Funding Set for Electric Loan Program

House, Senate committees back $5.5 billion request, in line with electric cooperative priorities

Congressional appropriators have set a $5.5 billion loan level for fiscal 2018 to help co-ops build and maintain their infrastructure. (Photo By: Getty Images/iStockphoto)

Support for the Rural Utilities Service program that electric cooperatives use to deliver reliable power to their members would remain steady at $5.5 billion under bills passed by congressional appropriations committees.

The Senate Appropriations Committee approved a broad agriculture spending bill for fiscal 2018 that includes money for the RUS Electric Loan program and other co-op priorities.

Earlier in July, the House Appropriations Committee also set a $5.5 billion spending level for the loan program as part of its agriculture appropriations bill.

The $5.5 billion funding level matches President Trump’s budget proposal and is the amount sought by electric cooperatives. It’s the same total as in fiscal 2016 and 2017.

Unlike past agriculture appropriations measures, the fiscal 2018 bills are not accompanied by language that restricts the use of RUS loans to certain types of projects.

Kirk Johnson, NRECA senior vice president, government relations, said co-op leaders did an excellent job of securing commitments for the RUS program from their elected officials at the recent Legislative Conference.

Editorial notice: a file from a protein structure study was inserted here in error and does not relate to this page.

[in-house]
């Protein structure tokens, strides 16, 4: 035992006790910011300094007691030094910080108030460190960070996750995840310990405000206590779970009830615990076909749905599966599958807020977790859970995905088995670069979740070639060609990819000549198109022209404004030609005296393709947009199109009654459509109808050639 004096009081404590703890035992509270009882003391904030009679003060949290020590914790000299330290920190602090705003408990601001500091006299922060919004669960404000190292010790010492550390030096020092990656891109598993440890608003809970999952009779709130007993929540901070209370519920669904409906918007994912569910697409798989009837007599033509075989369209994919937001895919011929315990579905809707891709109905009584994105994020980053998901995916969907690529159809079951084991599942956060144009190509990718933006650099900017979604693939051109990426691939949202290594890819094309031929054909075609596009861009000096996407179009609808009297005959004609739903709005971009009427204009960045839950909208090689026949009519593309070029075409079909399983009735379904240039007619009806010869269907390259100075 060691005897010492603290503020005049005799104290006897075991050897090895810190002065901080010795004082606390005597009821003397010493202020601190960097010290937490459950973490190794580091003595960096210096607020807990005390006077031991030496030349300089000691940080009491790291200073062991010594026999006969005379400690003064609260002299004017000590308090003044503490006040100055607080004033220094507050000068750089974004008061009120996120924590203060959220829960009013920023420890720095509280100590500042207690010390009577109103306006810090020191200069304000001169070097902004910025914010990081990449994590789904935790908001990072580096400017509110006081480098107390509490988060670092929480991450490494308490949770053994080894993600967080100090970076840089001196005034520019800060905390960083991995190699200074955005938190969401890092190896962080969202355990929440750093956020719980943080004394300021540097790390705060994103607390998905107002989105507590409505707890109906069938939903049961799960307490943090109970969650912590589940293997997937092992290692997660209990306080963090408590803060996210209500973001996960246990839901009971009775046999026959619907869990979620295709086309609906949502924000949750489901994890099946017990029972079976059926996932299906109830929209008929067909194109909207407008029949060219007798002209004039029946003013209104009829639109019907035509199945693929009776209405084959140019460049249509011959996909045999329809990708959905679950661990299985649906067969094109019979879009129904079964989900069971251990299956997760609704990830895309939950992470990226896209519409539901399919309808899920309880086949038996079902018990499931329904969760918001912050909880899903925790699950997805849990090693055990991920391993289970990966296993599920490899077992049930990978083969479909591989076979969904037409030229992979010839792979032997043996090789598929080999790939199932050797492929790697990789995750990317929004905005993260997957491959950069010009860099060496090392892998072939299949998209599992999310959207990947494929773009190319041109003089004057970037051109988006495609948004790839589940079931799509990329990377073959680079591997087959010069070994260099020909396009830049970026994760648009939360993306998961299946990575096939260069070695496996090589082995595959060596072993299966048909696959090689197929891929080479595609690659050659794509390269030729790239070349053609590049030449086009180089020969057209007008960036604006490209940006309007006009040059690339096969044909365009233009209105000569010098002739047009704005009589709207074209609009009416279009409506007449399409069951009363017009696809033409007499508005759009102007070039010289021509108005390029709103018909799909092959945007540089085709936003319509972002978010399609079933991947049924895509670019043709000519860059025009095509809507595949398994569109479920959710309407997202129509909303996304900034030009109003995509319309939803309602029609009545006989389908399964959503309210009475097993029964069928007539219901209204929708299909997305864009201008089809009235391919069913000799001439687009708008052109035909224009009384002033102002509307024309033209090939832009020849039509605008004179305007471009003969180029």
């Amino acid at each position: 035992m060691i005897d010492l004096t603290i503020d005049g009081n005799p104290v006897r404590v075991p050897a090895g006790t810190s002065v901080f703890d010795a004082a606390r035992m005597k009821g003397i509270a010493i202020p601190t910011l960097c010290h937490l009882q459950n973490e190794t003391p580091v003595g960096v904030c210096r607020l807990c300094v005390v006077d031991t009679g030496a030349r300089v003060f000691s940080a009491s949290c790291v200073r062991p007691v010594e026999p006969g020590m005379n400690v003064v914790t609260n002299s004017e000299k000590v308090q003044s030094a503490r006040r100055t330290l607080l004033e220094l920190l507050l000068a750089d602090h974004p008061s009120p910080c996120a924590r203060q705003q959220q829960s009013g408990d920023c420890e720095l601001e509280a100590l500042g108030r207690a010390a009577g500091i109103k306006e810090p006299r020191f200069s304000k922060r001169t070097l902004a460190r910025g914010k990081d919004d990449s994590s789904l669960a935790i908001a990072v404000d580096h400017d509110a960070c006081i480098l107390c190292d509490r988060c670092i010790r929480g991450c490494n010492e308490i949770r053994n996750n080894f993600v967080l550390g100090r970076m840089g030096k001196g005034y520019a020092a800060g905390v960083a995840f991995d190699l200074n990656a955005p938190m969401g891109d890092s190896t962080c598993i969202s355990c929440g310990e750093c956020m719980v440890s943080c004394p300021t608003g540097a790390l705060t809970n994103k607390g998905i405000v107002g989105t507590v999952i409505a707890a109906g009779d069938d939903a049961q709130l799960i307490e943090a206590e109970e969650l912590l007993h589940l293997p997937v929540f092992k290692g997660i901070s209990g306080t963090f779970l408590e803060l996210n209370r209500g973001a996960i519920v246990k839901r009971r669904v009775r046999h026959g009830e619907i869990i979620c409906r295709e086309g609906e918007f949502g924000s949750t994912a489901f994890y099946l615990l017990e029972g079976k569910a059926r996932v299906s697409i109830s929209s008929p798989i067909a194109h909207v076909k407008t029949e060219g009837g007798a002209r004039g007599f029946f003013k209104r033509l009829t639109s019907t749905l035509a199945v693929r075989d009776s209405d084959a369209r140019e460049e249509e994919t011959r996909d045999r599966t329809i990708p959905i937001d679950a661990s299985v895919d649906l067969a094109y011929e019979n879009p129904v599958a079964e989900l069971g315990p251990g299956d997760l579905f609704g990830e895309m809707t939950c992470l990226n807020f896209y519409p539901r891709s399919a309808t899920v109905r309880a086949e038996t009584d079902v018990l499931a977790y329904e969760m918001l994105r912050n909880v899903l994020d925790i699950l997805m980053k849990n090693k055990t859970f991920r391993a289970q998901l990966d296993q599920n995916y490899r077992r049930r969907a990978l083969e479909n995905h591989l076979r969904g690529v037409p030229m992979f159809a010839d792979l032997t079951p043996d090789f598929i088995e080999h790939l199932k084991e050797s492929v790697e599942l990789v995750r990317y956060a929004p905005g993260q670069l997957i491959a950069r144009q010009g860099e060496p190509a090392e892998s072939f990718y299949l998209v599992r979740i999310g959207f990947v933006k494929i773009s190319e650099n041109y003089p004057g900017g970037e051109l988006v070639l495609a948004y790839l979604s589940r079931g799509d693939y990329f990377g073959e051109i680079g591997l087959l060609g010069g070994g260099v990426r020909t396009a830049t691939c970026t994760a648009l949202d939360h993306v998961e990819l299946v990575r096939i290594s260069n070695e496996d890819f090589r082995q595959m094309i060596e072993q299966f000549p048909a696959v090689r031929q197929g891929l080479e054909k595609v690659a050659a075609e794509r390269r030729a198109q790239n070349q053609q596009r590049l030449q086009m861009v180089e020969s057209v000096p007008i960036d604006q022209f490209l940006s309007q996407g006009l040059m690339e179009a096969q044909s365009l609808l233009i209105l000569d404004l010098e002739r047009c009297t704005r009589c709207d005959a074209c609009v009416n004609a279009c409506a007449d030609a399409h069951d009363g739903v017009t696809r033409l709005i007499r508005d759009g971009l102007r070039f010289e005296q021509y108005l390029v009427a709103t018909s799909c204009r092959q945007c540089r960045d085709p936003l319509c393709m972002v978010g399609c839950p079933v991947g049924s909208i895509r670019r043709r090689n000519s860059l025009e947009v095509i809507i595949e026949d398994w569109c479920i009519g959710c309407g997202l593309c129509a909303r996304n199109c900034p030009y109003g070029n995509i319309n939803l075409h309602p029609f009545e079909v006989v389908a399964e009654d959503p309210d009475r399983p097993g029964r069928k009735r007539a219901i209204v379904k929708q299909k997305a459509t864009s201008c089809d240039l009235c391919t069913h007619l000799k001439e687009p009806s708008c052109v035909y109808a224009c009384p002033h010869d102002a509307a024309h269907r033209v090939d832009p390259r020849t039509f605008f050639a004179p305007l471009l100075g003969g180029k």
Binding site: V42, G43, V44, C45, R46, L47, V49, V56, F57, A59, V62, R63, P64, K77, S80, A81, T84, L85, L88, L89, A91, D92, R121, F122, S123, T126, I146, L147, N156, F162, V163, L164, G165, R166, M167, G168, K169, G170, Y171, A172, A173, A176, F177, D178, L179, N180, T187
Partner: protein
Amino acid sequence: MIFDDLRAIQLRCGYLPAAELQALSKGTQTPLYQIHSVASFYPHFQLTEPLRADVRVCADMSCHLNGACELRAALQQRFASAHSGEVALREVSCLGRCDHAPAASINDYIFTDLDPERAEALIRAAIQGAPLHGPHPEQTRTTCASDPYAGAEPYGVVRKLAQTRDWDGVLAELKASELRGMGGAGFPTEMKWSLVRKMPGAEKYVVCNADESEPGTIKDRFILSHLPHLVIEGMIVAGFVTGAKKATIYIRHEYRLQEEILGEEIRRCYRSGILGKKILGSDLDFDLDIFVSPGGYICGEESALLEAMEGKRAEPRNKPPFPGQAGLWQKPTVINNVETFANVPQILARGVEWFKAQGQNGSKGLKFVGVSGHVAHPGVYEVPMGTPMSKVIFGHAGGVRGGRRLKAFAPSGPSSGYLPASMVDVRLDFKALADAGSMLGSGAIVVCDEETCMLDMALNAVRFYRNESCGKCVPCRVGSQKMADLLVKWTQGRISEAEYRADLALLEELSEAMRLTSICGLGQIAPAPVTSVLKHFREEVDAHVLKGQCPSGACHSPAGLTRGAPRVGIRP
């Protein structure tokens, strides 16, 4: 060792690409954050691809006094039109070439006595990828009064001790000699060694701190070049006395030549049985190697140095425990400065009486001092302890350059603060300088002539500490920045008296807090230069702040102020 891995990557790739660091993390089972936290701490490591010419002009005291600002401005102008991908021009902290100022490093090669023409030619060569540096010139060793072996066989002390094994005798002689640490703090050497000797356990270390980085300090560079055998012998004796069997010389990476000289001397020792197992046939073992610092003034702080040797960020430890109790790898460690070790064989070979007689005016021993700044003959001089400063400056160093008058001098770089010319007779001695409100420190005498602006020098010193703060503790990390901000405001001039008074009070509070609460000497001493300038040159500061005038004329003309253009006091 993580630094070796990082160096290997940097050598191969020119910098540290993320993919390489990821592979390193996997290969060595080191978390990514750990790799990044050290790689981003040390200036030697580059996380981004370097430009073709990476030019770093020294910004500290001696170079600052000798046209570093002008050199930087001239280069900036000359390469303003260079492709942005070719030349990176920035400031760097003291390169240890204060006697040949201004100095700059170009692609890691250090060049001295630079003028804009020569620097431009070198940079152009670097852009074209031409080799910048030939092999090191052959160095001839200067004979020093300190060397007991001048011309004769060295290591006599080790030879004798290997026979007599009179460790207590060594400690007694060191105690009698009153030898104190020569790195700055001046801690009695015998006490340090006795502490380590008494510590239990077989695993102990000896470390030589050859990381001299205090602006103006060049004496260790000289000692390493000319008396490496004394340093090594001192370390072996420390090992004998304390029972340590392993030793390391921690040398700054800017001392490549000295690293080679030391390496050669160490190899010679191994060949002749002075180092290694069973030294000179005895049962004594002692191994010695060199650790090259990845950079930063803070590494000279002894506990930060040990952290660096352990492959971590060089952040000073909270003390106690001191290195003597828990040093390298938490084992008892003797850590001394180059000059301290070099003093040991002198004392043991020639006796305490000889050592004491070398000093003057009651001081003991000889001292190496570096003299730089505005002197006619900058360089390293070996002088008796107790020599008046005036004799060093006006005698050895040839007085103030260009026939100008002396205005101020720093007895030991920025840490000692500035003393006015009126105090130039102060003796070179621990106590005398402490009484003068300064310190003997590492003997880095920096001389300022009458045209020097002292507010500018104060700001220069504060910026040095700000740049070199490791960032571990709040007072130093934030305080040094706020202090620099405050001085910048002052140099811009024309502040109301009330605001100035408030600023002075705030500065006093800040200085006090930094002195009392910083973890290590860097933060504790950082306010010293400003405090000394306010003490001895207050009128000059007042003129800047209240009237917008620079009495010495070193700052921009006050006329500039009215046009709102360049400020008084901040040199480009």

Support letters for the RUS program that circulated on Capitol Hill drew a record number of signatures from members of Congress, he said.

“We’re pleased that many of these two committees’ actions reflect that understanding and we’ll continue make the case as the appropriations process moves on,” he said.

The appropriations bills also each include $750 million for the Guaranteed Underwriter program, which allows qualified private lenders to provide guaranteed financing to electric cooperatives. The administration’s budget proposal did not include funding for the program.

The Trump budget proposed scrapping support for the Rural Economic Development Loan and Grant program (REDLG), which enables co-ops to invest in their communities and create jobs. However, the Senate bill set aside $42 million for REDLG, about $9 million more than the House bill.

No timetable has been established for floor action on the bills in either chamber.

Steven Johnson is a staff writer at NRECA.